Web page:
In Part 1, 2 and 3 of this parenting blog we saw how our parenting prayers could be answered by nature, a true gift from God when our fledglings refuse to leave the nest, and how Tough-Love can go a long way in teaching survival to our children.
The sound of my cell phone called me back to the porch. It was a scuba diving friend calling to tell me she and her husband had just sold the big family home up north and were moving into a smaller condo close to me in the Palm Springs area. “What about your sons in college? How are they going to feel about this and how are you all going to fit everyone into a small two-bedroom condo?” I asked.
“Oh, we haven’t told our boys we’ve sold the home, yet,” she laughed.
“But, we warned them years ago that once they left for college, they were officially out of the house. Our parenting would not be finished but their living at home would be history. We agreed to pay for their schooling as long as they maintained good grades. So, they won’t be that surprised. The condo’s second bedroom will be an office with a Murphy Bed, and the Livingroom will have a sleeper sofa in case they both come home for a weekend. We want them to visit but not be so comfortable that they won’t want to leave. After all, it is so much more comfortable to live at home and be taken care of, but those days are done. ”
My friend’s words reminded me of a parenting TV commercial.
A college student hugs his tearful parents good-bye on the home porch as he prepares to drive away to college. The street lights come on to symbolize a rite-of-passage and the end of his last day as a child. The parents solemnly close the door behind them. Then they peer at each other, break into a huge grin, turn up their oldies music and dance around the house while preparing a romantic dinner for two. Suddenly the doorbell rings. They cautiously peer out the front window and standing on the doorstep is their son. All the house lights turn off. Junior is standing in the dark scratching his head.
It was the human equivalent to the Birds destroying their nests.
After this surprising conversation with my friend, I checked on Junior Mourning Dove behind the waterfall. He was alone. Mom was calling to him from the rooftop. But, Junior was fed, safe, comfy, and having none of flying anywhere. They could come to him. The parenting challenge was on….
Willful Junior Mourning Dove would wait them out in the basement.
After dinner, I checked on Junior once more. He was gone! I looked all around the porch area, under the ferns, and around the orchids. No Junior. He must have given in and flown up onto the roof with his parents. I looked up, and there he was. But, I was shocked!Determined Junior had flapped, climber and clawed his way back into the nest where he waited.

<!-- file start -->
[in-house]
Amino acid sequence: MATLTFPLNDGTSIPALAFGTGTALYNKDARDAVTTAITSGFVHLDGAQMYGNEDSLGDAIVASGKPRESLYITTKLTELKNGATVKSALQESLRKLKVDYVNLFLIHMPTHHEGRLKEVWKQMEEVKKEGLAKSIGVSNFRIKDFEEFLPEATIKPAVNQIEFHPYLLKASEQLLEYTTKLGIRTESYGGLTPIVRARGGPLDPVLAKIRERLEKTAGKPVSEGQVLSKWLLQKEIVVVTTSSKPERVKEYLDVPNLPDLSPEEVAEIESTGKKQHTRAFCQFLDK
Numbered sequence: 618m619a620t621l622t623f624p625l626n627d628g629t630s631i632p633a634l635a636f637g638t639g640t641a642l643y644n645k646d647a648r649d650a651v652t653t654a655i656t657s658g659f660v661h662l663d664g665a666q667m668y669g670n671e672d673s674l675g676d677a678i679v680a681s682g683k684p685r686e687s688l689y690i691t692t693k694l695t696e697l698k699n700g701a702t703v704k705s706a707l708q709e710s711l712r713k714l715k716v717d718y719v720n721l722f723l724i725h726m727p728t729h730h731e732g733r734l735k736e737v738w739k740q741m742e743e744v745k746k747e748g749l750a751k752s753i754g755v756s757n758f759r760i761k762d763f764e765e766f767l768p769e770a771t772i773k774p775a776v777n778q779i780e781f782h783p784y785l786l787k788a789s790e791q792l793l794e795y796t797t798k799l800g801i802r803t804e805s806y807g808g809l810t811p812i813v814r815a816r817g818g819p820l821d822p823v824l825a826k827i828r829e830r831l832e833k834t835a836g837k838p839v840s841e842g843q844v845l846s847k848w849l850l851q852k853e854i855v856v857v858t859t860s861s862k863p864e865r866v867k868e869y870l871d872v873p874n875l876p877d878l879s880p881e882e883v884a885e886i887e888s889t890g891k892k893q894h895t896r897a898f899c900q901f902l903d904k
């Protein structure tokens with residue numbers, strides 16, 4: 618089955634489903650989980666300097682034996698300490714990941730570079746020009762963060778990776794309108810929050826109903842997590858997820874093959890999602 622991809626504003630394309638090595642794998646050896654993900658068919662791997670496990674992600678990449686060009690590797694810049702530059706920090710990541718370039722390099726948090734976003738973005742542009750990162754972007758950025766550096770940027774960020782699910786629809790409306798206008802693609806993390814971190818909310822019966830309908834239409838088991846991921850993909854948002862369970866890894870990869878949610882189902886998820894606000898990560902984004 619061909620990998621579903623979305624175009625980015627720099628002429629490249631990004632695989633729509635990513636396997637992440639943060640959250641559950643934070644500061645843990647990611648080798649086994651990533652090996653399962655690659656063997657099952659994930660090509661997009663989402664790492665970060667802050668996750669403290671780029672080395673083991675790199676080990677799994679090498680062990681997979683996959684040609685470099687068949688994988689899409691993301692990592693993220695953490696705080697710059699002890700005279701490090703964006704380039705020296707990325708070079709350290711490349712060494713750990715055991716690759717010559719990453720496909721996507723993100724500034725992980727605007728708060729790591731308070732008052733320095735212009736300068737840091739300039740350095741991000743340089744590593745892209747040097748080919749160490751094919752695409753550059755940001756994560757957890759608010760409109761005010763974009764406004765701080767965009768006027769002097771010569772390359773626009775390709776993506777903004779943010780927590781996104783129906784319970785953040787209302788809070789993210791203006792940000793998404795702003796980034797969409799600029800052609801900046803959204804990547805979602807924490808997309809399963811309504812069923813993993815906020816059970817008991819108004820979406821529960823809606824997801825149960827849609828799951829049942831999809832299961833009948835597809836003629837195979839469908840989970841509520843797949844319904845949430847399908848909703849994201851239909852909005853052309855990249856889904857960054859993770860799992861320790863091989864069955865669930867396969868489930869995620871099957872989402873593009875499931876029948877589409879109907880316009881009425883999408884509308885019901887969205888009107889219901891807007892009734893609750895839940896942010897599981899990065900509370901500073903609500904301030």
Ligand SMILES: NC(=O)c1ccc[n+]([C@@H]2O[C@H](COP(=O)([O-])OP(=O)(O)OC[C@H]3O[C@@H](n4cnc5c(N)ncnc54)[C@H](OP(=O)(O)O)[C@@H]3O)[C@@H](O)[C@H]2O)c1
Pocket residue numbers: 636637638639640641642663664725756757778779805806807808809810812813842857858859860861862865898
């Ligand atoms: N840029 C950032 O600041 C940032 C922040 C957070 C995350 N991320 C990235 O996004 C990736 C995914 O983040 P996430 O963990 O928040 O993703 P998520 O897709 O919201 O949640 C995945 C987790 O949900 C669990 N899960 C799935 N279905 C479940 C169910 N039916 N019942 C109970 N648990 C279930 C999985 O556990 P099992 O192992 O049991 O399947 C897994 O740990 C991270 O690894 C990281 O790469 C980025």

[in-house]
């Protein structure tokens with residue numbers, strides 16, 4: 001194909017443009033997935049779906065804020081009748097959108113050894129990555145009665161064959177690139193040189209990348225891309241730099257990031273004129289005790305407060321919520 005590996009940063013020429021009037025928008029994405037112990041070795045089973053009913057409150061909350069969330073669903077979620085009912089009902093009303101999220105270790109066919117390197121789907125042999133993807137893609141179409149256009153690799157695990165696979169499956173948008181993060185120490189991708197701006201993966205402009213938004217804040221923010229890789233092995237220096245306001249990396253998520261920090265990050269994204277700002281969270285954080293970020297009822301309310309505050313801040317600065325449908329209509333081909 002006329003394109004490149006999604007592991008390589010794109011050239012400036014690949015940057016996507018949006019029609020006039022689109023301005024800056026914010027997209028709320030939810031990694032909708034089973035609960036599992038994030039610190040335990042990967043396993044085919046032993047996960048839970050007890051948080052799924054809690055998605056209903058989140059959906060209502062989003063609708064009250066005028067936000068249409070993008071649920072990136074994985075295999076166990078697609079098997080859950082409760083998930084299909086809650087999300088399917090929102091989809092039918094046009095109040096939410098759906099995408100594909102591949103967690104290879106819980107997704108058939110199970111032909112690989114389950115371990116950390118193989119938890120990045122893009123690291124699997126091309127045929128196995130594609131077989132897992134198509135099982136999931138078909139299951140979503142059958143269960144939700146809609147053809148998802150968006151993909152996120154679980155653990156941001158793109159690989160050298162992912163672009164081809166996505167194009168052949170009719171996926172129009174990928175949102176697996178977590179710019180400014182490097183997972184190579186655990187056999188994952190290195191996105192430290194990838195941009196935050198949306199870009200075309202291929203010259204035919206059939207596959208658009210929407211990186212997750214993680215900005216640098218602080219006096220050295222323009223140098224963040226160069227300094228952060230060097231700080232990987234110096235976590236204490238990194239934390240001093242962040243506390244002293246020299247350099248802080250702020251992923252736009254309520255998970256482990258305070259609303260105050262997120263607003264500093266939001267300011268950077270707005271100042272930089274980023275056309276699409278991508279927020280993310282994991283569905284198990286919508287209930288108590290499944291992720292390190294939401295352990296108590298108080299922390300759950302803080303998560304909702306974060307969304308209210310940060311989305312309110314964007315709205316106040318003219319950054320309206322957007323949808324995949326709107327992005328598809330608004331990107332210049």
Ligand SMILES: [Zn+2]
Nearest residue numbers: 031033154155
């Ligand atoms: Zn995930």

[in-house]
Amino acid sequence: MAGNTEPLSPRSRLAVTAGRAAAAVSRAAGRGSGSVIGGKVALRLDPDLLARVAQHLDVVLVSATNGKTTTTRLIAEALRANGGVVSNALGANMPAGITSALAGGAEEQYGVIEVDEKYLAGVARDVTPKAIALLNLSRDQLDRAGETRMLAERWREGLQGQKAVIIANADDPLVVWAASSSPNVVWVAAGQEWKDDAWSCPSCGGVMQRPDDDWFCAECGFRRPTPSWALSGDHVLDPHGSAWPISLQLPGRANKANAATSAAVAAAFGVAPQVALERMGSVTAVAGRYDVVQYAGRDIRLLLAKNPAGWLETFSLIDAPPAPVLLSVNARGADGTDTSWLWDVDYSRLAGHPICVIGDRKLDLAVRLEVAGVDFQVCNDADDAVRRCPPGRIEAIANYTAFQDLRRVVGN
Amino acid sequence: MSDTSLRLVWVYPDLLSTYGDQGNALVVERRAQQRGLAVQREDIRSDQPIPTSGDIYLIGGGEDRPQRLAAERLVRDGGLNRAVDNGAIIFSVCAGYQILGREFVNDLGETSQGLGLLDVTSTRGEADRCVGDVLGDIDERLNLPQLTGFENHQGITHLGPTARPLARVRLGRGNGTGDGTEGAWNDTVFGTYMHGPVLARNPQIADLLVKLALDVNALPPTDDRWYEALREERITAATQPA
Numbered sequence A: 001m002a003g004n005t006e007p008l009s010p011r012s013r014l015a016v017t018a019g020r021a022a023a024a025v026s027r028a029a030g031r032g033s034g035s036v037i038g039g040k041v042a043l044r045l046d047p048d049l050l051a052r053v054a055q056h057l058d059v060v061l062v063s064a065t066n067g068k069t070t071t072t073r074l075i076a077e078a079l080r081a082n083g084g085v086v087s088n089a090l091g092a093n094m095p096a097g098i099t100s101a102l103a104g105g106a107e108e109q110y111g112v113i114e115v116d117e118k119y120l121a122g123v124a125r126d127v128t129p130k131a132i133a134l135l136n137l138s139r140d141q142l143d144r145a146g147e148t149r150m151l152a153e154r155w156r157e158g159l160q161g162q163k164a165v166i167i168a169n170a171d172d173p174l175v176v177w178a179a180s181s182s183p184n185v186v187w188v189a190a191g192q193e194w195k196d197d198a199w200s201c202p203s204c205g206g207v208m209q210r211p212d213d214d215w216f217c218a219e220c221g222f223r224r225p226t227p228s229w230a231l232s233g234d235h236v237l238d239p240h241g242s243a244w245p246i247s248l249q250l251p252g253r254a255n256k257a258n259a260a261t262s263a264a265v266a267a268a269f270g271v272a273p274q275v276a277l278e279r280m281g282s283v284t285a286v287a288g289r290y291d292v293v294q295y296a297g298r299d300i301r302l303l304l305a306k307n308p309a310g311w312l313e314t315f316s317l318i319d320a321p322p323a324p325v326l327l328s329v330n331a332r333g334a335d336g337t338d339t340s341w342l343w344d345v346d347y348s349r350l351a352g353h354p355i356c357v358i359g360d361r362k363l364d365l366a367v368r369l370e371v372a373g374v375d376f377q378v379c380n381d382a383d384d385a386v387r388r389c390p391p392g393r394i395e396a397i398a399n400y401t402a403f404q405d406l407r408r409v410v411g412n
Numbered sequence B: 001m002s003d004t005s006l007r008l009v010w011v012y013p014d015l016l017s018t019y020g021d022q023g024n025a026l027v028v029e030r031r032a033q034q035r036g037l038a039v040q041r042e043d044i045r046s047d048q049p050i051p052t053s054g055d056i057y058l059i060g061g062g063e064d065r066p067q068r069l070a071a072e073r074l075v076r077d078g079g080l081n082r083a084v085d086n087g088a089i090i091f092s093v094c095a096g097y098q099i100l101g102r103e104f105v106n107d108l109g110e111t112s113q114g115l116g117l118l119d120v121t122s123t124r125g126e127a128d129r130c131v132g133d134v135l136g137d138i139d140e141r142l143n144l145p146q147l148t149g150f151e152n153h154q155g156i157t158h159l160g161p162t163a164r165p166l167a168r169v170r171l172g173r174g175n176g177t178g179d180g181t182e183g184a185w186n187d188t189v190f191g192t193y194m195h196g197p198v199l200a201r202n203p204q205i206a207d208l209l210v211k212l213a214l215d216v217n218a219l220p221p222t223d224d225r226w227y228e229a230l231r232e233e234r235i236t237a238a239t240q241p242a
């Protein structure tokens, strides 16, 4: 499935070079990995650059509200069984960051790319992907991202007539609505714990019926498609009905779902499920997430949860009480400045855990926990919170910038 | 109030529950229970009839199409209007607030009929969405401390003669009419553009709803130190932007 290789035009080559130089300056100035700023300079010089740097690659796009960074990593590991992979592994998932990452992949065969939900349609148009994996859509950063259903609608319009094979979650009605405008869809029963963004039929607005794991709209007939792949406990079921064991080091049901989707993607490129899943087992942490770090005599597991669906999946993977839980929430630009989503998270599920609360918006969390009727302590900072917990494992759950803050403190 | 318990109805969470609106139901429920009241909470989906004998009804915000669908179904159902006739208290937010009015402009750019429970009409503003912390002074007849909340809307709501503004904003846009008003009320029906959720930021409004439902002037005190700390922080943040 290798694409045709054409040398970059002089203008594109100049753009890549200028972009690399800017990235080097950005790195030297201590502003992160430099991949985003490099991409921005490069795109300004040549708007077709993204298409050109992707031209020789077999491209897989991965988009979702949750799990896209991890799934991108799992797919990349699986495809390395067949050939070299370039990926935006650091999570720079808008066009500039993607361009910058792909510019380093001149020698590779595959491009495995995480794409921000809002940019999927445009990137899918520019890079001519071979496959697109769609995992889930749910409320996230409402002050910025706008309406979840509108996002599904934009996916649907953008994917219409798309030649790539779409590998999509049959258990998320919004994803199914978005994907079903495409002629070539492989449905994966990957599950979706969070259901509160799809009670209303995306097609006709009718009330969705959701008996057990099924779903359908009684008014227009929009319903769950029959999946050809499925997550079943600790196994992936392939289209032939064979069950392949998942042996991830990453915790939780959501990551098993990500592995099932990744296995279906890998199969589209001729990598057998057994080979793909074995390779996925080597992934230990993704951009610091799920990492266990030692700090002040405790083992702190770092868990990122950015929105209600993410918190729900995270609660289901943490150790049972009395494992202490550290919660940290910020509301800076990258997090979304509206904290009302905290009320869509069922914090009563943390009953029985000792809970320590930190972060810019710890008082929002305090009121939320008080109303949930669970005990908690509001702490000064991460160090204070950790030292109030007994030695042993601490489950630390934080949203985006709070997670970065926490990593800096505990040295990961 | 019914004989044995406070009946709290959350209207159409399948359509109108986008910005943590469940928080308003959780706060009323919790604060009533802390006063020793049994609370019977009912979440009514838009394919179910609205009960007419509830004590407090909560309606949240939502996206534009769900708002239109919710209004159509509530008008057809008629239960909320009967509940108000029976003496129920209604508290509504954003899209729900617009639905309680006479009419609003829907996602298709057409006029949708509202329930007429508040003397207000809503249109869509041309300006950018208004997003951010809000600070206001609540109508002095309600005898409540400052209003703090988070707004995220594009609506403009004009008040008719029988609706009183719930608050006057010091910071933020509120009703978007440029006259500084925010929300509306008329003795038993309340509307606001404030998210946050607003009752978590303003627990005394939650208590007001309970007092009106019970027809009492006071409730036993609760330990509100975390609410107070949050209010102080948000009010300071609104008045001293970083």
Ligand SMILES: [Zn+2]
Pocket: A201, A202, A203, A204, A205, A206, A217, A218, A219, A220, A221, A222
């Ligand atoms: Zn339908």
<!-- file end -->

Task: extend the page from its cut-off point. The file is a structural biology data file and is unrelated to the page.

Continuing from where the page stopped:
Then, Mrs. Dove landed on the branch, looked at me, side-stepped over to Junior snuggled in the nest, and practically stuck her eye up against his eye. He bobbed his head up and down for food, but Mrs. Dove never opened her mouth. She simply turned and flew away. Junior settled back down. A few minutes later Mr. Dove flew onto the branch and pigeon-toed his way up to Junior who bobbed his head until I feared it would pop off. I swear Daddy Dove whispered something into Junior’s ear because Junior got very quiet. Then Mr. Dove flew away and joined his wife on the roof where together they continued to call Junior.
As night fell, Willful Junior still sat in the nest, hungry and alone. It had been hours since he had last eaten.
The next morning the nest was empty. Junior was on the roof with his parents. Hunger, cold, fear of abandonment and the steadfast behavior of parents who would not give into their willful child had won. There was no threatening; no screaming and yelling and no family therapy. The message was clear. Fly or die.
The natural desire to live had won.
Sometimes the path of human nature and behavior goes sideways, especially when it comes to parenting skills. It is during times like those that watching our wild families of birds can help put us back on the straight and narrow because we all share the same life-goal; to raise independent, self-sufficient off-spring that will continue to thrive after we die.
Do you know families whose grown children are clinging to the family nest and demanding to be fed and cared for as though they were still growing chicks? Or, do those adult children keep returning to the nest after sampling adult life and deciding it is not as much fun as home, like Junior?
If you enjoyed this article on Parenting, you might enjoy http://www.patheos.com/blogs/aboveandbeyondthe5senses/2018/07/beyond-boomers-and-millennials-do-you-remember-when-part-1-of-2/
About the Author: Kathleen (Kat) O’Keefe-Kanavos is a TV Producer/Host and Author/Lecturer of Dreams That Can Save Your Life written with Dr. Larry Burk, Foreword by Berne Siegel, which promotes patient advocacy and connecting with Dreams for success in health, wealth, and relationships. Contact –Kathleen O’Keefe-Kanavos Website
Poster is the copyrighted property of the author
Animal Behavior | Psychology Today; The World of Animals https://www.psychologytoday.com/us/basics/animal-behavior
The Bird That Shouldn’t Be Able To Fly https://bpsfuelforthought.wordpress.com/2012/03/23/the-bird-that-shouldnt-be-able-to-fly/